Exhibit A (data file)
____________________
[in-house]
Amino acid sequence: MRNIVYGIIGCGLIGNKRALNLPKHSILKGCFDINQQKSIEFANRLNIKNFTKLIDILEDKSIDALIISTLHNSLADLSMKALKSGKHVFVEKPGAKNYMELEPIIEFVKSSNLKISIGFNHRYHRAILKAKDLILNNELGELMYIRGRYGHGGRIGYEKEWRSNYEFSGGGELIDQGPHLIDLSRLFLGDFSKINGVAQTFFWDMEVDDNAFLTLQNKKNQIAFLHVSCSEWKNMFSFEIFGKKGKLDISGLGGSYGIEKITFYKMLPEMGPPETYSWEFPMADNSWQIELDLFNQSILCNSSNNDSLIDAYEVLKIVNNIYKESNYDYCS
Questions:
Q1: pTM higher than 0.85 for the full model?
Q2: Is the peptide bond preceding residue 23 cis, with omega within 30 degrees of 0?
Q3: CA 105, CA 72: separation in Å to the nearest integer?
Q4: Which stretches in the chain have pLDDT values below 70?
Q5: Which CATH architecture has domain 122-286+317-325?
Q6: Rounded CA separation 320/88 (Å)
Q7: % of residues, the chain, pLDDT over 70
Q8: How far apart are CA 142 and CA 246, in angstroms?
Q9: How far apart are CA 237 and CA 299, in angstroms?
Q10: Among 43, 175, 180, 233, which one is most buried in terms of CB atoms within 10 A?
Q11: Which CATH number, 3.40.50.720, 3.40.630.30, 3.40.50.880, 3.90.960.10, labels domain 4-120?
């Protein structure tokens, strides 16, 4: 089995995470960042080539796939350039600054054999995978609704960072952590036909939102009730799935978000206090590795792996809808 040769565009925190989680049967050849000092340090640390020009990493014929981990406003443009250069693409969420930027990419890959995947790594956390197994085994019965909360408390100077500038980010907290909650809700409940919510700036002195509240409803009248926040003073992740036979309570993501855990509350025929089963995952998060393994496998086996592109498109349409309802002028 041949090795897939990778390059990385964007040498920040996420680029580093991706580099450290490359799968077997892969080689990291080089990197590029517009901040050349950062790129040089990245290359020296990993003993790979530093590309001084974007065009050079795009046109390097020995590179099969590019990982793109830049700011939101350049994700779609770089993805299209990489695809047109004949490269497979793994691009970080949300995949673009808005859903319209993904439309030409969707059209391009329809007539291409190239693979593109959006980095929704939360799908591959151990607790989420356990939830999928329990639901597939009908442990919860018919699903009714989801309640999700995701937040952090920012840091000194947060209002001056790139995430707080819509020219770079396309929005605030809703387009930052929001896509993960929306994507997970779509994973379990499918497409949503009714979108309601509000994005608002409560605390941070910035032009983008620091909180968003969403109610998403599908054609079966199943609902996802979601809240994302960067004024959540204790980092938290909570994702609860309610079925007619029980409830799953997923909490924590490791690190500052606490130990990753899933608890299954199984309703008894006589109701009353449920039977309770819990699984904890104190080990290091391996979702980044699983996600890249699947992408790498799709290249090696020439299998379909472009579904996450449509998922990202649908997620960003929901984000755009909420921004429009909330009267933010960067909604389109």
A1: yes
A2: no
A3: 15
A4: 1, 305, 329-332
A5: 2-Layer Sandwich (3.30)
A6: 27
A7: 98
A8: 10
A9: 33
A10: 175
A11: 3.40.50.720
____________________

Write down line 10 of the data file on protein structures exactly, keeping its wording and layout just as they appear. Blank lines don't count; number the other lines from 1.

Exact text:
Q7: % of residues, the chain, pLDDT over 70